You can include a non-competition clause expressly stating that the Chinese manufacturer is barred from using any of the confidential information that you have provided or misuse any advantages that they may have acquired in the course of your manufacturing relationship to compete with you.
Here’s an example:
Clause #6 – Non-Circumvention
As mentioned earlier, a non-circumvention provision is especially important when it comes to dealing with Chinese manufacturers as most of the problems that have occurred relate to manufacturers using confidential information to create their own products and then, to sell to your clients directly.
Clause #7 – Non-Solicitation
Similar to the non-circumvention clause but this time in relation to your staff, the non-solicitation clause prevents the Chinese manufacturer from poaching any of your employees.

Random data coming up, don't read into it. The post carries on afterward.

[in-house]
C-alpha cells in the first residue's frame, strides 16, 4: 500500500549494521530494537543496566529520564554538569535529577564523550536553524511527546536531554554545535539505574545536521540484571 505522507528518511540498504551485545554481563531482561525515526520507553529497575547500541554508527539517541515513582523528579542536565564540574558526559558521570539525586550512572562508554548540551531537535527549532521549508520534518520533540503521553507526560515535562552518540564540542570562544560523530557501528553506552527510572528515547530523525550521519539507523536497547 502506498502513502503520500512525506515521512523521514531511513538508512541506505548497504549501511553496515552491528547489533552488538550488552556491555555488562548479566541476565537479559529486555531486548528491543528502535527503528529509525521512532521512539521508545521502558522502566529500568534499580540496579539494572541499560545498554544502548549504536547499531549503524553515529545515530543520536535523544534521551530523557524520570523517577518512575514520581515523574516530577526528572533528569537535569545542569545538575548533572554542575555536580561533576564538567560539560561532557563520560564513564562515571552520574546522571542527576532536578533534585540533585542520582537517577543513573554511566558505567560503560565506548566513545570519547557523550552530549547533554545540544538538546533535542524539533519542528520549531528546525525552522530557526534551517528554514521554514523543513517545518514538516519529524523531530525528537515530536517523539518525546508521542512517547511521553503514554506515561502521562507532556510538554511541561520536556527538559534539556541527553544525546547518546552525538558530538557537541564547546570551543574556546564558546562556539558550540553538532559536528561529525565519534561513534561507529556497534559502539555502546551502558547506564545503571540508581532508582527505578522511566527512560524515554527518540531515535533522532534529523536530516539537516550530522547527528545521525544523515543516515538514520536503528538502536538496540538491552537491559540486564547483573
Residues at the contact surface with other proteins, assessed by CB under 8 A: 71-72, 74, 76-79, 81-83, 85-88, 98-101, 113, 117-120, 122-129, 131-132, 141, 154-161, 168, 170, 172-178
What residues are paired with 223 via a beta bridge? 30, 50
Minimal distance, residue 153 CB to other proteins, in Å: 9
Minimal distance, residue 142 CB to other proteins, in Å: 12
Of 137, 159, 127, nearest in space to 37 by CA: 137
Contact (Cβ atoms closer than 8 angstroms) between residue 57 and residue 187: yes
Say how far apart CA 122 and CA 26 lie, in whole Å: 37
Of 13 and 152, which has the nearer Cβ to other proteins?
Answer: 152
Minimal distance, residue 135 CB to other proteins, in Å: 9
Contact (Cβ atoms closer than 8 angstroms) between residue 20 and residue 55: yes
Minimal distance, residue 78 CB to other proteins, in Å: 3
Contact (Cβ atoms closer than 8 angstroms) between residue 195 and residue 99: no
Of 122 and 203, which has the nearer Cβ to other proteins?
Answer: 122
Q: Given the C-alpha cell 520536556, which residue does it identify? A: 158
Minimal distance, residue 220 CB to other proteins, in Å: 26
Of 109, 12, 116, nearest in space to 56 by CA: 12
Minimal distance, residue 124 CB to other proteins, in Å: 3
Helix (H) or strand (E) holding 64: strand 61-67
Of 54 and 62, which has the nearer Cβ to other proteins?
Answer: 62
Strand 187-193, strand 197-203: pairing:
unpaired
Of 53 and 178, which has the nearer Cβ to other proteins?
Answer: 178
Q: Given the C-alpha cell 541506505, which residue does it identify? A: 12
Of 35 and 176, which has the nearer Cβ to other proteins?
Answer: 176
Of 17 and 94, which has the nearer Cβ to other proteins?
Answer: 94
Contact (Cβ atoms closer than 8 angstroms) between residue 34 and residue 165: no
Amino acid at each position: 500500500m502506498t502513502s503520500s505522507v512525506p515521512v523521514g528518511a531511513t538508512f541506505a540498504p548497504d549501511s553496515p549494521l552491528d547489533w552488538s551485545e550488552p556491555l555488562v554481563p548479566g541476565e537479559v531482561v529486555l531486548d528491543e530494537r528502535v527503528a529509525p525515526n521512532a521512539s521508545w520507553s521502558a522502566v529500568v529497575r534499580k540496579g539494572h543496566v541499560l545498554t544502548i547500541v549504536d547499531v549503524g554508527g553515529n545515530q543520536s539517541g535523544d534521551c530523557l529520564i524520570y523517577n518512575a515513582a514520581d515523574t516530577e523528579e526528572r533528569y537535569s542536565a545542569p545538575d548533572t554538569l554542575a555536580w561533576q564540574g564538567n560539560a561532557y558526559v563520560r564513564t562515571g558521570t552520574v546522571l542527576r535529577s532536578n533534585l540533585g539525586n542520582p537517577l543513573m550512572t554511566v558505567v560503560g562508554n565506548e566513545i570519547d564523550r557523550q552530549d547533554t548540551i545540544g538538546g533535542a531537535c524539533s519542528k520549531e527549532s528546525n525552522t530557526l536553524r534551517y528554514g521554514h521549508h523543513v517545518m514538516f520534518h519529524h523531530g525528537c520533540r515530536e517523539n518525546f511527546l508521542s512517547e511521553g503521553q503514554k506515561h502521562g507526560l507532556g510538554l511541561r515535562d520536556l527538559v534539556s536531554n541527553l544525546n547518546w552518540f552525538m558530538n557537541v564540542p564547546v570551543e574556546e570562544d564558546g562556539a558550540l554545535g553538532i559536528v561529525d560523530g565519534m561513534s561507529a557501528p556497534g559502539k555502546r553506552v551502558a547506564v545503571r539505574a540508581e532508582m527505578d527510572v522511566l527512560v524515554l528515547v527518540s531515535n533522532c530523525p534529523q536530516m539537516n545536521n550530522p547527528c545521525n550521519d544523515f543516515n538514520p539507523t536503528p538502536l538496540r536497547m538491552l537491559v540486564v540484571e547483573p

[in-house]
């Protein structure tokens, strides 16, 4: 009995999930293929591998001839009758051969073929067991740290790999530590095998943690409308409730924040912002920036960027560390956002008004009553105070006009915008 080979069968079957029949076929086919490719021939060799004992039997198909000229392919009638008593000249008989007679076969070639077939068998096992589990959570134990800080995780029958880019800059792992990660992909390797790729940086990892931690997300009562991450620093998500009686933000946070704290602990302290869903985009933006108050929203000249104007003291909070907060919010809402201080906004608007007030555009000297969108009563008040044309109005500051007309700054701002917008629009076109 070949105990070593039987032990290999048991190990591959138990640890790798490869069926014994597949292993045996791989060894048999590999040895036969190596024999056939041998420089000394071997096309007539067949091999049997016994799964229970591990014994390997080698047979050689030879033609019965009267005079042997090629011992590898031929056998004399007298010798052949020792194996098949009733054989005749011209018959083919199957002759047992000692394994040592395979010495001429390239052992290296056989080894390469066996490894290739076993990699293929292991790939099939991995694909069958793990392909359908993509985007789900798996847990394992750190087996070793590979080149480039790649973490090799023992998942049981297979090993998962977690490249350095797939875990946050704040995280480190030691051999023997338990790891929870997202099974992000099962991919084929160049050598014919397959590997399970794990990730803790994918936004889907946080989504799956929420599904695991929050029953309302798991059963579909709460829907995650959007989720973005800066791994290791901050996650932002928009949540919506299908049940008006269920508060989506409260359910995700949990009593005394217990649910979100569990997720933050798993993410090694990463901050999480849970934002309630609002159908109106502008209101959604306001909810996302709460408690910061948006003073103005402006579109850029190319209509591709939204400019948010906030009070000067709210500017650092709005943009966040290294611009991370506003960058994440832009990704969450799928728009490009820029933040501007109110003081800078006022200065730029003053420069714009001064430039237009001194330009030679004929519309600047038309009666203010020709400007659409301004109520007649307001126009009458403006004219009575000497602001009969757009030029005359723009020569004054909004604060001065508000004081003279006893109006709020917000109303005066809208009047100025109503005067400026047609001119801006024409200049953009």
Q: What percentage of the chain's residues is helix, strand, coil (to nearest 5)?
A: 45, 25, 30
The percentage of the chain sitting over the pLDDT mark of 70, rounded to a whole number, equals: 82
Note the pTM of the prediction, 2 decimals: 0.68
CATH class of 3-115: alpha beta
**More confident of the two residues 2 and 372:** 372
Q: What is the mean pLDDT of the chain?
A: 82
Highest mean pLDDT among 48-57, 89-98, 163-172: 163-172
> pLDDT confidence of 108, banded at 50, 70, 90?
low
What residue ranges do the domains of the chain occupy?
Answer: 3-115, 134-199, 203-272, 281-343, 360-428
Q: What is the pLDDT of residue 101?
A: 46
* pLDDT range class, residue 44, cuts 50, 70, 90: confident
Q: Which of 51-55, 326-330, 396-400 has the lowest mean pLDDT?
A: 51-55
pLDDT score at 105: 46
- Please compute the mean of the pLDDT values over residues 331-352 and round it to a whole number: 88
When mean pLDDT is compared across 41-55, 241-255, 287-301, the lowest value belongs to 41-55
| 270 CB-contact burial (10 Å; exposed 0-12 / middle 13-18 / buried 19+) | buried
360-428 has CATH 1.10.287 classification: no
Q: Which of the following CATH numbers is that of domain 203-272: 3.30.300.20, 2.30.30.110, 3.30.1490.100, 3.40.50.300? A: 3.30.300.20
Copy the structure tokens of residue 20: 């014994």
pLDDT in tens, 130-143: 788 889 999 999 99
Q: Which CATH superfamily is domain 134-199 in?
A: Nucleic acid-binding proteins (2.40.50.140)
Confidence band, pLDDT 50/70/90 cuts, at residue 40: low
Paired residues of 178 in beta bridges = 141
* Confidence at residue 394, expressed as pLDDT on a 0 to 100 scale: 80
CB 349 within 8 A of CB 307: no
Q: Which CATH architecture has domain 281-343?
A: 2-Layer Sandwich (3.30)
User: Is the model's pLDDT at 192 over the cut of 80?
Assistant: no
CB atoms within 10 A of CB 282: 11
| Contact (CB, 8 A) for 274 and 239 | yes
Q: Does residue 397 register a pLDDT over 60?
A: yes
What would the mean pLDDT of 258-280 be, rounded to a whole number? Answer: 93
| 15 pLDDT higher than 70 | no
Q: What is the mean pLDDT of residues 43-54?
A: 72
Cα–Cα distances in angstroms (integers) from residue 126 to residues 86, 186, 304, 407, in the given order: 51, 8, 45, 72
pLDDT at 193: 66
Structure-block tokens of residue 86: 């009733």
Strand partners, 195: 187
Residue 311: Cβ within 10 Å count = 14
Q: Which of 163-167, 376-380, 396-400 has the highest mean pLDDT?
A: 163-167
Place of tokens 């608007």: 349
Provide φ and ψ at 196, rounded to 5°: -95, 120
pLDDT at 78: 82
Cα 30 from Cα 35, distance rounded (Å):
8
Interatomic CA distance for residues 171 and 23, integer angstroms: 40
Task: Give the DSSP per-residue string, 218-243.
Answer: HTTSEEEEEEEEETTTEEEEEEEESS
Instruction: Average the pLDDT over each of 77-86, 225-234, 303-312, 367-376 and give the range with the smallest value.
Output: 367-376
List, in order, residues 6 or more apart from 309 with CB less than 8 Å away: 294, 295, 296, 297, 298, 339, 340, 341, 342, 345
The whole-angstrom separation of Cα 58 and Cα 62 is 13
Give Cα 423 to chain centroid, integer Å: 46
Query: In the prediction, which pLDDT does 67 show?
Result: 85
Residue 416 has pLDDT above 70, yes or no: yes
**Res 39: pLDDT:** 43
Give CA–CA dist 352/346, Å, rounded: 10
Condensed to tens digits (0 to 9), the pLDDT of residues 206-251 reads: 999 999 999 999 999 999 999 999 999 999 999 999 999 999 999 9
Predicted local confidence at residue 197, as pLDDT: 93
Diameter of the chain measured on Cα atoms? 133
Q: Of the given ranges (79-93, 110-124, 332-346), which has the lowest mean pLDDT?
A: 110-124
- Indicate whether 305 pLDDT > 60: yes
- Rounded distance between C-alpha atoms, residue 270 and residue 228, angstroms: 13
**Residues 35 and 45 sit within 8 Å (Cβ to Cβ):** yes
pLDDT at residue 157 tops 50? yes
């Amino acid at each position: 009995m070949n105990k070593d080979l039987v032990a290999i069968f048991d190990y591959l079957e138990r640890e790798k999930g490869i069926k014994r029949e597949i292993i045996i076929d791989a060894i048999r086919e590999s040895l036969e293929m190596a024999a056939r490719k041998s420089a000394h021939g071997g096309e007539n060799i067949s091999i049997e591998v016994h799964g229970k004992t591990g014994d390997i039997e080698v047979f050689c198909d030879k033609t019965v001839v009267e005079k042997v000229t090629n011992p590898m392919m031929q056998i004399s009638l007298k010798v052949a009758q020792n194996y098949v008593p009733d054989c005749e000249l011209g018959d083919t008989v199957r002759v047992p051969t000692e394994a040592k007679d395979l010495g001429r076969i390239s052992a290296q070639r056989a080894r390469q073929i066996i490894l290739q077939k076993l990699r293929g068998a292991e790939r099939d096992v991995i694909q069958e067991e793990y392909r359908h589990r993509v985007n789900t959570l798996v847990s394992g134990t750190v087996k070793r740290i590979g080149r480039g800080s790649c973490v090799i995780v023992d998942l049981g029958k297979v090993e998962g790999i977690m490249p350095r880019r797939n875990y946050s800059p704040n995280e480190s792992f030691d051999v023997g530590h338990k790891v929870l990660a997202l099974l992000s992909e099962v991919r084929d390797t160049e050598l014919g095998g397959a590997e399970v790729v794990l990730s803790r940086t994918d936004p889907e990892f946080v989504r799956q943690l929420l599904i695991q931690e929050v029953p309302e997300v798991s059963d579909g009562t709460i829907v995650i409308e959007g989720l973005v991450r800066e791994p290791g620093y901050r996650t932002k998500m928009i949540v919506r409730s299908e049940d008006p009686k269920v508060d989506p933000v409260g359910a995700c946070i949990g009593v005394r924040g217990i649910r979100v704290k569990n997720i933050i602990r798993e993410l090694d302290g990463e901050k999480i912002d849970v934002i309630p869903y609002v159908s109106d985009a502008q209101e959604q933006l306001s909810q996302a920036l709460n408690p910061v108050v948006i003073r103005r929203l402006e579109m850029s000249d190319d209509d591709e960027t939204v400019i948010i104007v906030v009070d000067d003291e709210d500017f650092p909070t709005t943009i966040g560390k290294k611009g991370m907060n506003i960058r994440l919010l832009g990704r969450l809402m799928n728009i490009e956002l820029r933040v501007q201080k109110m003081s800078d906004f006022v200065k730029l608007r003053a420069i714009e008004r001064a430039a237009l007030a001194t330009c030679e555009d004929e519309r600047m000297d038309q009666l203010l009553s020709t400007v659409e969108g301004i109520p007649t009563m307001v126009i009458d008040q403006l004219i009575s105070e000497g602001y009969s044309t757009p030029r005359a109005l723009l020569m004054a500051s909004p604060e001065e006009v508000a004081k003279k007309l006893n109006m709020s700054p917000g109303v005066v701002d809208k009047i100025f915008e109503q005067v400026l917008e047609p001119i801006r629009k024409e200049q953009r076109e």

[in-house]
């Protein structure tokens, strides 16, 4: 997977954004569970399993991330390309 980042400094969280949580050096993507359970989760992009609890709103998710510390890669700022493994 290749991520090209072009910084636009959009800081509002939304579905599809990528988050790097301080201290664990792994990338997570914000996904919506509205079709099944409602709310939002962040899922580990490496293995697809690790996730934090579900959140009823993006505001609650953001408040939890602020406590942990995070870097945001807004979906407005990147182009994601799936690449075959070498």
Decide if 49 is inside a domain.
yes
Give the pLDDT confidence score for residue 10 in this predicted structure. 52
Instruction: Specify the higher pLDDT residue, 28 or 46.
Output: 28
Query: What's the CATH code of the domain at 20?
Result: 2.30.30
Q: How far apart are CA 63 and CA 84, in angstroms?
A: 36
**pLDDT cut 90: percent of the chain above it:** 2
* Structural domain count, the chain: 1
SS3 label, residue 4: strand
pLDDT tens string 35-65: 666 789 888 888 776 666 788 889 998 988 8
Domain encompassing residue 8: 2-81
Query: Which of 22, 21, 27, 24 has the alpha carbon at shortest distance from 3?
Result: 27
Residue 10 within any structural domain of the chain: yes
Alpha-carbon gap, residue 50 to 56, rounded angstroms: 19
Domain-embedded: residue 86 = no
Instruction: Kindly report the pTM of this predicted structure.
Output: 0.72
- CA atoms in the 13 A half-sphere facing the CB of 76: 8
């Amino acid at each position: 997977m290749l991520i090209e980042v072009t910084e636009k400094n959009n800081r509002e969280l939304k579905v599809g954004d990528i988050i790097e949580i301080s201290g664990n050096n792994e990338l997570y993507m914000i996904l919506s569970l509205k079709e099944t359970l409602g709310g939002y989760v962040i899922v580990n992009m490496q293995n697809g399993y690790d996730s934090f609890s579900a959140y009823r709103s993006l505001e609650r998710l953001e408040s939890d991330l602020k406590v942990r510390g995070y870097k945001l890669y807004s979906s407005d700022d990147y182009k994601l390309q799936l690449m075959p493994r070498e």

Clause #8 – Jurisdiction and/or Governing Law
This part of the agreement tends to be another area that too many American companies have already slipped up in. Most American companies don’t know or understand Chinese law and due to their fear, will normally opt for their local American state law to apply to the agreement with jurisdiction being in a court that is also based in America.
A major problem with insisting on using American law and jurisdiction is that in the event of a breach, even if you were to prevail in the American court, you won’t be able to enforce your judgement in China.
This is because there is no treaty between China and the US regarding the enforcement of judgements. Even if a Chinese court were to accept consideration of the merits of the case before it, it would do it from its own view according to Chinese law and not to American law.
Because of this, getting an American judgement against a Chinese manufacturer is worthless, unless the Chinese manufacturer has US based assets that you can seize.
If you intend to do business with a Chinese manufacturer, you should get the NNN’s jurisdiction and governing law to be based in China so that you have legal recourse in China itself against the manufacturer in the event of a breach.
Clause #9 – Liquidated Damages Clause
Another huge difference between a Western-style NDA and a NNN is that in most NDAs, injunctive relief is normally the preferred legal remedy.